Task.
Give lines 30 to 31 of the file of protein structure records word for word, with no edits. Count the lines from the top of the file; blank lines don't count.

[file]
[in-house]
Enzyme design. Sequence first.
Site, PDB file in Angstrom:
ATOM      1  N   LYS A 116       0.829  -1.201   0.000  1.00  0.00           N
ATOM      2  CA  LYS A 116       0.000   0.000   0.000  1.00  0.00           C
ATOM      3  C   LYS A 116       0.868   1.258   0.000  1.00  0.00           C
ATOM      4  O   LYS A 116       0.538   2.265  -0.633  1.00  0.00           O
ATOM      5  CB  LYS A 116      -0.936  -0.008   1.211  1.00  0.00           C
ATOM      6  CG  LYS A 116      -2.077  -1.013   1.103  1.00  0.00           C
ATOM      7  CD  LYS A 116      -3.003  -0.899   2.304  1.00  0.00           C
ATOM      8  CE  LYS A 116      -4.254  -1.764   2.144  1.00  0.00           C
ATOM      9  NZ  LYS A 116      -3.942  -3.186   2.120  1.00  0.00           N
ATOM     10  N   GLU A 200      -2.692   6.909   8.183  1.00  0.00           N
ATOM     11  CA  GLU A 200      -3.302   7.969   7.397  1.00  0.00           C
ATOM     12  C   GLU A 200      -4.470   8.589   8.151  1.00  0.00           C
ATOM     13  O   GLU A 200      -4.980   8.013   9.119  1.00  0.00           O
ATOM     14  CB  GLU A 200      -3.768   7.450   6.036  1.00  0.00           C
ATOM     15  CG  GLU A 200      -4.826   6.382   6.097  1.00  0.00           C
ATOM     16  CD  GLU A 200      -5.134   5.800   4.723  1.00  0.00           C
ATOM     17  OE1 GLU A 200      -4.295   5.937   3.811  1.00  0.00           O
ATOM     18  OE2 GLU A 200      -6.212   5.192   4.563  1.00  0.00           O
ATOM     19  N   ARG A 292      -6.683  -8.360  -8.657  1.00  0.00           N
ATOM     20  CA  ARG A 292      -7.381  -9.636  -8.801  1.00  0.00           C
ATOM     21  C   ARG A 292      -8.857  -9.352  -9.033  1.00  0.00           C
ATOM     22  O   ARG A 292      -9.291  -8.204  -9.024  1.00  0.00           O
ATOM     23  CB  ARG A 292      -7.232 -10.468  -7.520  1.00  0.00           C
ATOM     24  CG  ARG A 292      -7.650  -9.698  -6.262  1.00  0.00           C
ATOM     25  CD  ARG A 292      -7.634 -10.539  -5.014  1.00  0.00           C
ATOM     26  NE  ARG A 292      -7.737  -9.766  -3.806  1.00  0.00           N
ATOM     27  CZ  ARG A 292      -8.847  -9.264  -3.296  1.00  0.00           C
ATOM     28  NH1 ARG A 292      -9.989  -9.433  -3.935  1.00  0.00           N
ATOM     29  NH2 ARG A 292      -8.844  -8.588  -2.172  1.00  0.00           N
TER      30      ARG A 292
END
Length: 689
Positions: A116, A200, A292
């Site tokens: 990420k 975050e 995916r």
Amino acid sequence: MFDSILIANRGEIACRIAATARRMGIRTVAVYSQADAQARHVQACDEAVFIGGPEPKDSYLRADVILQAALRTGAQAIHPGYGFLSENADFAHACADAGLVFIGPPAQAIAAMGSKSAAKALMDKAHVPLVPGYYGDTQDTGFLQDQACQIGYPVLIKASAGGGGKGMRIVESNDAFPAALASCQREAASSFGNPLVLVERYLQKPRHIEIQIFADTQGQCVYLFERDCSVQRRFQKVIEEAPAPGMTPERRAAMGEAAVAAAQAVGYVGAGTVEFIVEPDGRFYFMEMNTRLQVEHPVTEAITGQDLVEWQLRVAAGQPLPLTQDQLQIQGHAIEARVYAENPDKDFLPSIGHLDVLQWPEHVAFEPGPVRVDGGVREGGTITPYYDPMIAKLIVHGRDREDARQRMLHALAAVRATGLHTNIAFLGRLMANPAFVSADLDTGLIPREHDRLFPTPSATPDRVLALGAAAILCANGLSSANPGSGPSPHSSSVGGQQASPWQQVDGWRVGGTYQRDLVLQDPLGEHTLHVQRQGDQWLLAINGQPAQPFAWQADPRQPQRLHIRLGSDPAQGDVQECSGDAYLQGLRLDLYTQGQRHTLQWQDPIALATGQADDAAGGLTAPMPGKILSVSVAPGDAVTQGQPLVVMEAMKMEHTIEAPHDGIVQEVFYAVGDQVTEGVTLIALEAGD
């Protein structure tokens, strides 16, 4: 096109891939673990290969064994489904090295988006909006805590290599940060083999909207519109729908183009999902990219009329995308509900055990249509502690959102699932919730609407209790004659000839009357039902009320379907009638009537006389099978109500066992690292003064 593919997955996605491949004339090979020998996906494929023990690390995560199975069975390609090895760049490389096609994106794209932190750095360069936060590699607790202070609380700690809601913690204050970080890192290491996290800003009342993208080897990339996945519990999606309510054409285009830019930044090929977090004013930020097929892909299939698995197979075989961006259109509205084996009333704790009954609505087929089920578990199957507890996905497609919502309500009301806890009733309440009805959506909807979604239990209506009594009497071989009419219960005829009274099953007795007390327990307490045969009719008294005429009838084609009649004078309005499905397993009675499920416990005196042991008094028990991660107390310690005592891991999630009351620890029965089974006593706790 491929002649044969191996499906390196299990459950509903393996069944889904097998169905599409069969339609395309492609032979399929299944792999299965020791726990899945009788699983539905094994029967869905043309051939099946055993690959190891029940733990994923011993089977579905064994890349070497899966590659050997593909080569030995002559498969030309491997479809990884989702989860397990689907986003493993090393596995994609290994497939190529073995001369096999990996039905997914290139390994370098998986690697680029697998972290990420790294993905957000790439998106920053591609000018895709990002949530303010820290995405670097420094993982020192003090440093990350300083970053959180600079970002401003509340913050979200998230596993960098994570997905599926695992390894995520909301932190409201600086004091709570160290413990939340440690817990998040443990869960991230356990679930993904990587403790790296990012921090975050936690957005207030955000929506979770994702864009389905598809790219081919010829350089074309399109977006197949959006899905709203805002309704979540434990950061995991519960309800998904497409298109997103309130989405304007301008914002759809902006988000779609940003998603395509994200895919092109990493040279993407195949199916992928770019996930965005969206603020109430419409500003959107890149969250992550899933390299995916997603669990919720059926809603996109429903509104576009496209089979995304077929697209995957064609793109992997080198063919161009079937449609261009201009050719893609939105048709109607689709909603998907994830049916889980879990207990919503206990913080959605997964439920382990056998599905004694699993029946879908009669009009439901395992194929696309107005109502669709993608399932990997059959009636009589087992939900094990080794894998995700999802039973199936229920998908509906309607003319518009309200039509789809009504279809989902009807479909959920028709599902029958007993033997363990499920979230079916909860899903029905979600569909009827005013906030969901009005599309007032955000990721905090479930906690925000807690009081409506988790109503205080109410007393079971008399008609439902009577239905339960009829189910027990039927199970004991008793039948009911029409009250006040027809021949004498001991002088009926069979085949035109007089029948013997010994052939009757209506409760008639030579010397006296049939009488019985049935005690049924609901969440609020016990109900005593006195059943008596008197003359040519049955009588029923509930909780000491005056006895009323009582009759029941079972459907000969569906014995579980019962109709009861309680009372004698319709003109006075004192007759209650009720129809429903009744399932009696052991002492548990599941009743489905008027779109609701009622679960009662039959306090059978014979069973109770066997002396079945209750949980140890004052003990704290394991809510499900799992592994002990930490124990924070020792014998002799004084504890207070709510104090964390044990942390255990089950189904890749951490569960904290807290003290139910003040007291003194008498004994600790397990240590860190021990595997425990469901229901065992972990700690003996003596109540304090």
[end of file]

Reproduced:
ATOM     27  CZ  ARG A 292      -8.847  -9.264  -3.296  1.00  0.00           C
ATOM     28  NH1 ARG A 292      -9.989  -9.433  -3.935  1.00  0.00           N